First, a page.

Your Spending Could Actually Increase in Retirement
Filed under: Retirement
Very often, a retirement plan is only as good as the assumptions in the plan. You’ve likely made assumptions about your retirement income, your life expectancy, and maybe even your need for medical care. One big assumption in many retirement plans is the amount of money you’ll spend each year after you retire.
It’s a common assumption among many workers and even financial professionals that spending goes down after you stop working. This assumption is often used when calculating a retirement savings target.
However, this it’s not always true that spending goes down after you retire. Many retirees find their spending is much higher than they anticipated. Sometimes their spending even increases after they stop working.
When you determine your retirement savings goals, it might be a mistake to underestimate your projected spending. There are many reasons spending may increase in retirement, and it’s important to take these factors into account ahead of time.
Below are a few common reasons spending can increase in retirement:
Health Care Costs
For most, retirement brings a transition from employer-sponsored health insurance to Medicare. This transition can often be surprising for new retirees, especially if you had a robust employer plan. While Medicare is a valuable resource, it doesn’t cover everything.
Fidelity estimates the average retired couple will spend $260,000 on out-of-pocket medical costs.1 Those expenses include things like premiums, deductibles, copays and certain health care services such as dental and vision, which aren’t covered at all under Medicare. Even for the services that are covered, Medicare usually only pays a portion of the cost. That means you may have to pay the balance out-of-pocket.
You can prepare for these expenses ahead of time by contributing to a health savings account to build up a tax-advantaged reserve to help cover your health care costs in retirement. You may also want to consider a range of supplemental insurance policies that can help fill in the gaps in Medicare coverage.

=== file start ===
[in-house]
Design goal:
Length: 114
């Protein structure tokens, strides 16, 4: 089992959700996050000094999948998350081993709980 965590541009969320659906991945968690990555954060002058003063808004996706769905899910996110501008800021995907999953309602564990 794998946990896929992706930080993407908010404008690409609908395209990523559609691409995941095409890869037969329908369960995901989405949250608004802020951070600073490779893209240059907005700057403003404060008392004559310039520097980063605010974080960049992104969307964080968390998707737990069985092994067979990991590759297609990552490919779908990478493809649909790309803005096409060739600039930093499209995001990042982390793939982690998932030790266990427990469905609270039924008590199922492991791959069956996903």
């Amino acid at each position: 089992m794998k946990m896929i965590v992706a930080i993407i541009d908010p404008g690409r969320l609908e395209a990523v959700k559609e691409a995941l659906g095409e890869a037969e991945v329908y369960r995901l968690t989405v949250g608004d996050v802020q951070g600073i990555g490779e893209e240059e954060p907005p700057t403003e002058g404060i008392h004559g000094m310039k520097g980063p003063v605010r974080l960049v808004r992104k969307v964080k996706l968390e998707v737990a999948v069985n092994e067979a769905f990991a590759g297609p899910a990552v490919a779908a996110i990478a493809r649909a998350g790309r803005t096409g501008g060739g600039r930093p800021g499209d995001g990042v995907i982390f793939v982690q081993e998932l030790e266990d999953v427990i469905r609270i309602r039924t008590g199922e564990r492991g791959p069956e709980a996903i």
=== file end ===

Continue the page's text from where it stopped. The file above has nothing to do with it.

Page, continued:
Your taxes may not necessarily increase in retirement, but you could feel their impact much more acutely. While you’re working, your taxes are likely withheld from your paycheck, so you may be less aware of their true cost.
During retirement, though, your taxes will come out of your Social Security, pension payments, retirement account distributions and other income sources. It’s important to be aware that you’ll have to pay taxes on much of your retirement income. Also, keep in mind that distributions from 401(k) and traditional IRAs are usually taxable. By planning ahead, you can ensure you take these expenses into account and budget accordingly.
Increased Discretionary Spending
Although you may not expect it, it’s common for retirees to see their discretionary spending increase in retirement. The combination of more free time and a substantial amount of readily available money can often lead to increased spending.
Many retirees fill their newfound free time with travel, shopping, dining out and other activities that cost money. There’s nothing wrong with having fun, of course, but it’s important to be aware of your spending so that it doesn’t jeopardize your financial security in the later years of retirement. Preparing a budget that accounts for your projected income and expenses in retirement can help guide your spending decisions and ensure your spending remains within a reasonable limit.
Ready to develop your retirement spending plan? Let’s talk about it. Contact us at Ambrose Financial and Insurance Services to learn more. We can help you analyze your needs and develop a strategy. Let’s connect soon and start the conversation.
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16438 – 2017/2/15